BRUCE LOVE: Have you seen many advisors taking that approach?
MATT SOMMER: Many of the advisors are taking that approach. And even for advisors who may not necessarily have a tool or a platform that will automate the bucket approach, what they can do in their simple messaging is explain to clients that expenses are nothing more than future liabilities. Our cash reserve is what we use to make sure that we’re able to pay our bills when they come due. And over time, we’re going to work together to make sure that that cash reserve is full so that we’re not selling assets at the wrong possible time.
BRUCE LOVE: But Matt, you can’t just invest for income, can you? I mean, that’s a bit dangerous.
MATT SOMMER: It’s dangerous. And, for example, if you look at the correlation of core plus fixed-income managers today, it’s, on average, about 0.4. 10 years ago, it was between 0 and negative 0.1. And so what advisors need to think about is should we have some market volatility, or perhaps a correction? What exactly is it that they want their core managers to do?
Along the same lines, advisors need to be careful with certain sectors. Even given the recent pullback in the utility sector, for example, the three-year average EPS is about 2 and 1/2%, yet the PE ratio for the sector is north of 21. So that’s not to say that these strategies don’t work any longer. It’s just to say that security selection matters. Advisors need to dig in a little bit deeper and not just look at yield.
BRUCE LOVE: Where are taxes in all this, though?
MATT SOMMER: Taxes matter. In fact, people need to live off of after-tax cash flow, not their pretax retirement balances. So one of the things that advisors can add to their planning is something called asset location, which basically means you use your IRAs and other tax-deferred accounts for investments in things like fixed income, REITs, preferreds. And then you use your taxable accounts for your buy and hold equity, because it’s there you’re able to cash in on the more favorable long-term capital gain rate. Asset location is a great value add to portfolio construction.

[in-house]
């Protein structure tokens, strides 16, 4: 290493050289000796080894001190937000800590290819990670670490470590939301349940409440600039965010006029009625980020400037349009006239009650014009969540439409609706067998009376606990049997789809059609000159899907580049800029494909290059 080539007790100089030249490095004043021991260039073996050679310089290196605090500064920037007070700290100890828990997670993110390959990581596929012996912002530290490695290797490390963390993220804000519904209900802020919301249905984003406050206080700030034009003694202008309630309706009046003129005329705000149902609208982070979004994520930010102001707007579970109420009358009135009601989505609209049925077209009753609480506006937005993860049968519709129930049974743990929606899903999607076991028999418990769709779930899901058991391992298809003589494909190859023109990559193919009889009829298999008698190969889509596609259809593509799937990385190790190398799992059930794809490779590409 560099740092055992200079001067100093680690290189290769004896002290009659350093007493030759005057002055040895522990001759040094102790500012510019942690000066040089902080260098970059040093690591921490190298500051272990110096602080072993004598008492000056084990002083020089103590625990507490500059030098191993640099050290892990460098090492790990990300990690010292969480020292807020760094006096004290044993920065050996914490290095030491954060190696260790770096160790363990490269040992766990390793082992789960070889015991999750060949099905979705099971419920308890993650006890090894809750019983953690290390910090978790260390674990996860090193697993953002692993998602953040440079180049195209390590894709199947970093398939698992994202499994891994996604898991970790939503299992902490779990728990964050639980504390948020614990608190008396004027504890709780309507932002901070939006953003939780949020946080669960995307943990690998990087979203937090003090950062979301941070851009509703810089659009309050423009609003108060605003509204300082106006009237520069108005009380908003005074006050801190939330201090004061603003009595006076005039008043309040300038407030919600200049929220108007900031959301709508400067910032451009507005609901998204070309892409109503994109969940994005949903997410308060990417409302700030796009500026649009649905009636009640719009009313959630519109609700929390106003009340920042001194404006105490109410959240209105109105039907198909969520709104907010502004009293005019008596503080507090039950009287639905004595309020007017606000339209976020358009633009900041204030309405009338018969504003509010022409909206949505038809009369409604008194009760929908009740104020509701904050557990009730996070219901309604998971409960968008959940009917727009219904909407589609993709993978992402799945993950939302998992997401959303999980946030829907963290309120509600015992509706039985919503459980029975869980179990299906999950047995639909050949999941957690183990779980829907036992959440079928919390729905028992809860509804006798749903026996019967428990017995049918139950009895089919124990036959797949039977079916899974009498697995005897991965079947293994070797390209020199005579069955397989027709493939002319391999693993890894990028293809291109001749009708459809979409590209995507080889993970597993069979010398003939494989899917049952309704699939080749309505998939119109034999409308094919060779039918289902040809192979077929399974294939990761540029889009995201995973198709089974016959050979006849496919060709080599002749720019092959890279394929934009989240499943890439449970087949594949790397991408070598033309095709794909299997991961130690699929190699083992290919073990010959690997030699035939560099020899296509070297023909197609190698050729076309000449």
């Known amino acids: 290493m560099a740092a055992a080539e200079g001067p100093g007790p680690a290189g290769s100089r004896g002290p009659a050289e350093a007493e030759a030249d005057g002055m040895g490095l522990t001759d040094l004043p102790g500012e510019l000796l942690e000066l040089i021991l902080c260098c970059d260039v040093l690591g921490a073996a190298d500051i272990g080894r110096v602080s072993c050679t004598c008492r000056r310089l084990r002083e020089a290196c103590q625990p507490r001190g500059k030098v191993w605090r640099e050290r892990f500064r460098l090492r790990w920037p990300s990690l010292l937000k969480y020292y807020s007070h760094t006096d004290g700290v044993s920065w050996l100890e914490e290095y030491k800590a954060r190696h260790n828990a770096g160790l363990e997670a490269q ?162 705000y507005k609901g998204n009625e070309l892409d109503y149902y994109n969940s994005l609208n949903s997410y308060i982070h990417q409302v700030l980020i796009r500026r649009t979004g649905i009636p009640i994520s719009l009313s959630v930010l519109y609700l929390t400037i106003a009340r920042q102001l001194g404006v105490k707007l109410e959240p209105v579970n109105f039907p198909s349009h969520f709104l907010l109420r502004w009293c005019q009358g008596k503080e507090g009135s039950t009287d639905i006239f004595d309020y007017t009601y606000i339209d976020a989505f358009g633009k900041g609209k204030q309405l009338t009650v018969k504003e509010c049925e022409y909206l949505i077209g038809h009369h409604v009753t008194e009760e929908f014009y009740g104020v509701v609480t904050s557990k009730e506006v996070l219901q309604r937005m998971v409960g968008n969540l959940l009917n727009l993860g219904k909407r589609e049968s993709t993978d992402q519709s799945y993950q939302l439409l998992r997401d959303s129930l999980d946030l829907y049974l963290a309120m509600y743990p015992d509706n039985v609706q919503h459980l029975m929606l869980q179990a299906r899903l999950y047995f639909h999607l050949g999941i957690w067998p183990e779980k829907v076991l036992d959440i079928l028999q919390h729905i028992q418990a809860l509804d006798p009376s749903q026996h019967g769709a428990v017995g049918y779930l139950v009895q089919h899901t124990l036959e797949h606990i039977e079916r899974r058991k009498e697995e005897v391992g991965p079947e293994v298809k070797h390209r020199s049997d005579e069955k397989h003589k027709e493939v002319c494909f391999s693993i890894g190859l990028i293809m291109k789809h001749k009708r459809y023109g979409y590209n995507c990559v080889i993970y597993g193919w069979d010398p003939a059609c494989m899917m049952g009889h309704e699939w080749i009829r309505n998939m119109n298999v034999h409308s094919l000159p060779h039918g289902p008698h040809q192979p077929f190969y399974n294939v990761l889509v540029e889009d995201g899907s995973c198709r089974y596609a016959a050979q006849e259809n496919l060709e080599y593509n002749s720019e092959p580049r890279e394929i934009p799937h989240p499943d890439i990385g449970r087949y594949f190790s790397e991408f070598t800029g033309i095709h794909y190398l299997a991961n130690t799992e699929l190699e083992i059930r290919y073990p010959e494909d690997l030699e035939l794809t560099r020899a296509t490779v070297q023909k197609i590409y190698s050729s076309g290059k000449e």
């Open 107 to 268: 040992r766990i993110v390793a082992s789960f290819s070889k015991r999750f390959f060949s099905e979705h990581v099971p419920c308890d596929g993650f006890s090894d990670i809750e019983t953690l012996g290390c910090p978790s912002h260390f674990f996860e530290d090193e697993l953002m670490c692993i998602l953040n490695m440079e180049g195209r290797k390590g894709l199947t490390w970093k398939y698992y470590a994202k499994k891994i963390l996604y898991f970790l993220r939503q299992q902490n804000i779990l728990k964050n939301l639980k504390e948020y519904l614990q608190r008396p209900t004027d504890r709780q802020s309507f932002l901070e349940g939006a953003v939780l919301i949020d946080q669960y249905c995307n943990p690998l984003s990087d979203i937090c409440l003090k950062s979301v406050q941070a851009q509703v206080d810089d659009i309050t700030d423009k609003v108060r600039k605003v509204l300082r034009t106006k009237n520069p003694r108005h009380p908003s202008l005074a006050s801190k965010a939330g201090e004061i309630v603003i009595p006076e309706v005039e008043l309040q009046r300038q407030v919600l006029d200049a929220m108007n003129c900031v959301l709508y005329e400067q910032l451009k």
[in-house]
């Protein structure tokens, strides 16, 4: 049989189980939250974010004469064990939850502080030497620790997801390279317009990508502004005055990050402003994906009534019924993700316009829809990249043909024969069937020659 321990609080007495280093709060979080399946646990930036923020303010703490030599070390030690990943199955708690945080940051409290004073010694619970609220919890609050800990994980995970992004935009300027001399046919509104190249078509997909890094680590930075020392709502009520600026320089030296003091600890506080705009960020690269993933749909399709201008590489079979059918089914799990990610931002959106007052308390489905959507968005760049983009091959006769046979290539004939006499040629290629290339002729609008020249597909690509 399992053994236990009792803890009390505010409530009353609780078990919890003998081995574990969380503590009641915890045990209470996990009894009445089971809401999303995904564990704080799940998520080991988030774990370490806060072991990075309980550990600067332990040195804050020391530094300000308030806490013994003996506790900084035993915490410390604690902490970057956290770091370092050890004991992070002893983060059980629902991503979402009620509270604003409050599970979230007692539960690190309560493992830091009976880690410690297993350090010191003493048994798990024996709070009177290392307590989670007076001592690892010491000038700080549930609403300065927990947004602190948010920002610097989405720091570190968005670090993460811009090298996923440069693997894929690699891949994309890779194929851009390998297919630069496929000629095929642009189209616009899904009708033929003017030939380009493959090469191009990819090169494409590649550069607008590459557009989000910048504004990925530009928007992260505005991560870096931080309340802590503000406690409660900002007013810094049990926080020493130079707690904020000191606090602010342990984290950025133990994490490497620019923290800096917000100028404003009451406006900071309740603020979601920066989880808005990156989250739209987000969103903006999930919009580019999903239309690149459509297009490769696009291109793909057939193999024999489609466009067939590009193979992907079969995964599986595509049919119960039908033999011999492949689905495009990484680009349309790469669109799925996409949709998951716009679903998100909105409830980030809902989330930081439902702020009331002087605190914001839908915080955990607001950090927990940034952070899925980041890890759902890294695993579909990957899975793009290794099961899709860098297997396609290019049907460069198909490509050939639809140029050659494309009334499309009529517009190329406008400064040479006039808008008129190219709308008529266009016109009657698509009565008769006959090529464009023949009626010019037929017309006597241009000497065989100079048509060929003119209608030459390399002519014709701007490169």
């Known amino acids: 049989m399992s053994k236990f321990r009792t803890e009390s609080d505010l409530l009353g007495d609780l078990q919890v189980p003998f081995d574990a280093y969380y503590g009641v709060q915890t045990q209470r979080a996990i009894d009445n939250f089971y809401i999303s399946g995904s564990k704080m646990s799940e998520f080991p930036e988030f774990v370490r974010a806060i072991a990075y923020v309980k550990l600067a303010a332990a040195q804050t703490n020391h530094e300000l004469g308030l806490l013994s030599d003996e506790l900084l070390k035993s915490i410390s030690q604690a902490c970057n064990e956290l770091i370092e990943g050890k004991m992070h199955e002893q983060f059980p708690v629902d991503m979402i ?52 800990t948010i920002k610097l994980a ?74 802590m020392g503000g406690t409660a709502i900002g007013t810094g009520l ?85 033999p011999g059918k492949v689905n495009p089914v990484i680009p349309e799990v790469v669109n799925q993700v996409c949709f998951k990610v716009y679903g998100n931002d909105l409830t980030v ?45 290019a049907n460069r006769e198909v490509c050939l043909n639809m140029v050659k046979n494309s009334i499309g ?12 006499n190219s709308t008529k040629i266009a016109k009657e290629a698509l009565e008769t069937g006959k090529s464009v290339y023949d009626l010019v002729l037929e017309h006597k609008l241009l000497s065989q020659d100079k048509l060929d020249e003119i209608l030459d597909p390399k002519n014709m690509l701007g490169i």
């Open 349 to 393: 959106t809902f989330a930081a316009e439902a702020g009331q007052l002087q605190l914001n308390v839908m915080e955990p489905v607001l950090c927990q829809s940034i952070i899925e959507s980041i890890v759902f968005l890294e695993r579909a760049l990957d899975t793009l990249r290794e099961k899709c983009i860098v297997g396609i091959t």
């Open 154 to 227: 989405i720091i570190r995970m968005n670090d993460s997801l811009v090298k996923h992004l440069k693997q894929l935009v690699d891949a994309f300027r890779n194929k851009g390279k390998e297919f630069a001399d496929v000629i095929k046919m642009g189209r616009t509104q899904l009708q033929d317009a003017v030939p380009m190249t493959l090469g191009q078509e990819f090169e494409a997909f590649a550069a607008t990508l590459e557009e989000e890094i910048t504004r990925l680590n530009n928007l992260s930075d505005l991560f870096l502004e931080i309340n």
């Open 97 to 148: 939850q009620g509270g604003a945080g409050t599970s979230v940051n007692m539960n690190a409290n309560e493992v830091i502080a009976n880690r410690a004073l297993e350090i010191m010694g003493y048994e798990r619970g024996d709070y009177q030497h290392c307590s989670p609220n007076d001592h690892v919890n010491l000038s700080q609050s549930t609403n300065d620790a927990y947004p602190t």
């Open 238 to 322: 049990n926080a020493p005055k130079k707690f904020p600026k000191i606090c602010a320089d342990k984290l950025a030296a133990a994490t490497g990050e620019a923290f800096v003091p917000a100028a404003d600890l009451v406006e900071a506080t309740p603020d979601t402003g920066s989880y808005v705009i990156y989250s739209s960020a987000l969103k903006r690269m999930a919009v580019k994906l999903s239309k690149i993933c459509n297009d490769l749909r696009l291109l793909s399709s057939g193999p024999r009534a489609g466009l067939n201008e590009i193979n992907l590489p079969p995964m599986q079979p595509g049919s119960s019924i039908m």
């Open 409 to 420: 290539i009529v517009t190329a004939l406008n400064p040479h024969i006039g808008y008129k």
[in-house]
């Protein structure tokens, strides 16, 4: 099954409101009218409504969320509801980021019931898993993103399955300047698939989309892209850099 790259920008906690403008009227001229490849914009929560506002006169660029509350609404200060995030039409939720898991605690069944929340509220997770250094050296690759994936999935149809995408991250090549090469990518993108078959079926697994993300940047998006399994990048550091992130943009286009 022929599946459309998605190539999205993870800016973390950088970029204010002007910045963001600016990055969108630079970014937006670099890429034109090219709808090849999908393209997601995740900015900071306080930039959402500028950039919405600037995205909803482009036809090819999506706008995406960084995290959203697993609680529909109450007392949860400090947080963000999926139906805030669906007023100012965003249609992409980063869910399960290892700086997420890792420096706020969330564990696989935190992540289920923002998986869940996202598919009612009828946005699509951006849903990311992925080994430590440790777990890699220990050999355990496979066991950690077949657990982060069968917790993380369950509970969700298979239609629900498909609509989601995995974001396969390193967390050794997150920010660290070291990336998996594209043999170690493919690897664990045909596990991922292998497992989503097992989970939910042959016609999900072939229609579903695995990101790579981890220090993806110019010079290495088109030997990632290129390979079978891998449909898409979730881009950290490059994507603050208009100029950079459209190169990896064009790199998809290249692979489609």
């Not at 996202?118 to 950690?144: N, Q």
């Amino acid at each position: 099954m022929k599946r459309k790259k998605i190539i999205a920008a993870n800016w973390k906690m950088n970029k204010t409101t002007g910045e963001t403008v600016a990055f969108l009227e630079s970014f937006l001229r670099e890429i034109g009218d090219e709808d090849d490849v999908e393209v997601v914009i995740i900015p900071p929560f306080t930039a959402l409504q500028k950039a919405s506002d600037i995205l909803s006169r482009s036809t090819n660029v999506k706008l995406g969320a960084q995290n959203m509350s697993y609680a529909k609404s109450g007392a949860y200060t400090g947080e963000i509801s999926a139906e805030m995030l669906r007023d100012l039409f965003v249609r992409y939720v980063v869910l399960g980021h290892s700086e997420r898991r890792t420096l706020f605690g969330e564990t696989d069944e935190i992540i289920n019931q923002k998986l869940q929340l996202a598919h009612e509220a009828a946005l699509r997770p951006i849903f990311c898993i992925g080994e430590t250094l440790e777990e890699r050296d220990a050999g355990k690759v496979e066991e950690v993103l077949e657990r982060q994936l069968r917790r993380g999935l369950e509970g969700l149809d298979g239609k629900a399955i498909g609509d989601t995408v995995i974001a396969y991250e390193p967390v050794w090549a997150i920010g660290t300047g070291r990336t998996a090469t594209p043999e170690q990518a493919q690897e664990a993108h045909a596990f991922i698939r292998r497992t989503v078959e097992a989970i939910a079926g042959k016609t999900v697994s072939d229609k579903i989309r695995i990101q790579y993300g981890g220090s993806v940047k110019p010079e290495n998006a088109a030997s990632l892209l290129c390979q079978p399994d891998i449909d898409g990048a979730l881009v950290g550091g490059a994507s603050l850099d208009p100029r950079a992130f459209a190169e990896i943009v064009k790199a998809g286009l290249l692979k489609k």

BRUCE LOVE: Matt, the big question, how does Social Security fit into all this?
MATT SOMMER: So for many clients, Social Security will represent a pretty significant portion of their guaranteed cash flow in retirement. The question that many people want to know is, do I take benefits reduced at 62? Do I take benefits on time at my full retirement age, which is 66 or 67 or something in between? Or do I wait until 70, and each year you wait until 70 you get an 8% credit?
With yields being as low as they are today, for those individuals who have other resources to hold them over until age 70, and who are in pretty good health and expect a better-than-average life expectancy, they may choose to wait until 70 to maximize their benefit. The other thing that it does is it not only maximizes the worker’s benefit, but it also maximizes the spouse’s survivor’s benefit if he or she is going to collect on their spouse’s record.
BRUCE LOVE: You get a lot of people saying that the answer’s annuities, but that’s really not the answer a lot of times, is it?
MATT SOMMER: Well, it depends entirely upon the client and what the objective is. Remember that when we think about spending, it’s very important to prioritize between needs, wants, and wishes. Your needs are your essential expenses. So one of the ways an annuity could factor into an overall financial plan is to make sure that any combination of annuity products along with Social Security are sufficient to meet the client’s essential expenses and have the balance of the portfolio earmarked for those expenses that are a little bit more discretionary in life.
BRUCE LOVE: Matt, thank you very much.
MATT SOMMER: You’re welcome.